And as far as I’m aware, this is still a tradition in Eastern Europe.

Though in both circumstances, as with most Americans no longer following the passage, it’s interpreted as a cultural recommendation and not a binding obligation.

I had a grant to survey Rust Belt religion, and I asked various Christians about this passage alongside those relating to gay marriage and gender roles. A handful refused to answer as to why they no longer follow this on the grounds that I created a “gotcha” question that made their worldviews seem inconsistent. Others said it was cultural, and some said they realized it was binding but chose not to.

I have nothing substantial to offer as to why things are they way they are in the Catholic Church, as I studied Protestants, low-church Evangelicals, and Baha’is.

It’s my understanding that it would have been akin to a modern woman removing her wedding ring. If a woman in our culture covers her head, but takes off her wedding ring, it would be defeating the purpose, in other words. Head covering here does not equal “married.”

yeah but the thing is that head covering is only mentioned for women here and it is not mentioned as a way of saying a woman is married. While wedding rings are for engaged and married and they are for both sexes…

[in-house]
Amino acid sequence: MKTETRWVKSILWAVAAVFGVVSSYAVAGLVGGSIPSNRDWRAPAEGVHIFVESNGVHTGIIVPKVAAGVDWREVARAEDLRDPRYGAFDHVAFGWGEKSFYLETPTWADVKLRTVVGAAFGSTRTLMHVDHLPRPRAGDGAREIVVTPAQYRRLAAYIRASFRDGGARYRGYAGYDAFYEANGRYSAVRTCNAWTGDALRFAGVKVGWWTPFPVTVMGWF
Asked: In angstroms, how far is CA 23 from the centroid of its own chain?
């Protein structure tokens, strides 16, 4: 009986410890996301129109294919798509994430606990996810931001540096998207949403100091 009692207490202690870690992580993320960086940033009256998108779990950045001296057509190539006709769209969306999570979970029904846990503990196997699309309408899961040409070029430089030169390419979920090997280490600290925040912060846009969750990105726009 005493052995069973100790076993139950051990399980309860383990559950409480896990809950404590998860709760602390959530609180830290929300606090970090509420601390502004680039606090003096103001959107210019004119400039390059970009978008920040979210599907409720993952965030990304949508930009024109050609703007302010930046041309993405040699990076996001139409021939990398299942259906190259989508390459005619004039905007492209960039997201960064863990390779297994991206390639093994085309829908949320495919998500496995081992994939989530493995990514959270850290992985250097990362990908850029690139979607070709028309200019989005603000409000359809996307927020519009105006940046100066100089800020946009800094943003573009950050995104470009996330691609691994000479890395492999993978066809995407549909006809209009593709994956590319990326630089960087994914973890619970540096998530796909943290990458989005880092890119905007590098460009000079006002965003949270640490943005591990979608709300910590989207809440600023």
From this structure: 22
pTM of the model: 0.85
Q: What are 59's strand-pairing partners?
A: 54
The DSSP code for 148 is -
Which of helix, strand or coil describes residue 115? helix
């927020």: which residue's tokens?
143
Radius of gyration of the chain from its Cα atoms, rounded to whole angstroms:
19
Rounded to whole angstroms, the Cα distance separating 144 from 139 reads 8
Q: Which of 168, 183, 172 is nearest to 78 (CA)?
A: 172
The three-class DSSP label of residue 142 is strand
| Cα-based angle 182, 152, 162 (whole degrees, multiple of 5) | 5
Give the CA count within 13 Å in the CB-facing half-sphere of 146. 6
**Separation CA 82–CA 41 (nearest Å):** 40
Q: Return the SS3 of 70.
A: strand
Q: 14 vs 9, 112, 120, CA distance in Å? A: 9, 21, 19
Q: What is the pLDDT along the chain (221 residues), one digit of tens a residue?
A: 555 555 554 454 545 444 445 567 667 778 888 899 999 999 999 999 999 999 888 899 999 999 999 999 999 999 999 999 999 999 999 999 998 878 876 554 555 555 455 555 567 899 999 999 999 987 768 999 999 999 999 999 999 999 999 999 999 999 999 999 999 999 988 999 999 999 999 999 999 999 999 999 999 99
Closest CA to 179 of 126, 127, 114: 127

Headcovering as Paul stated was for the purpose of the angels, creation order, and for submitting to husbands (here i can see how it could be for married but not the others) and submitting to God (as God is above the man’s head)

:shrug:

Head covering was never a dogma or doctrine. It was a discipline. Even in the time of Christ & St. Paul.

In order to properly understand it, it’s important to understand where it comes from and what it historically meant. Head covering actually is an ancient custom that was not exclusive to the Jews or Christians, nor was it specifically religious in nature. It was a form of modesty.

It is actually tied to a cultural tradition that linked the length of a woman’s hair to a sign of chastity.

When a woman had short hair, it actually meant that they were not practicing chastity. As late as the 19th Century, one of the punishments in Europe for prostitution was cutting the woman’s hair short.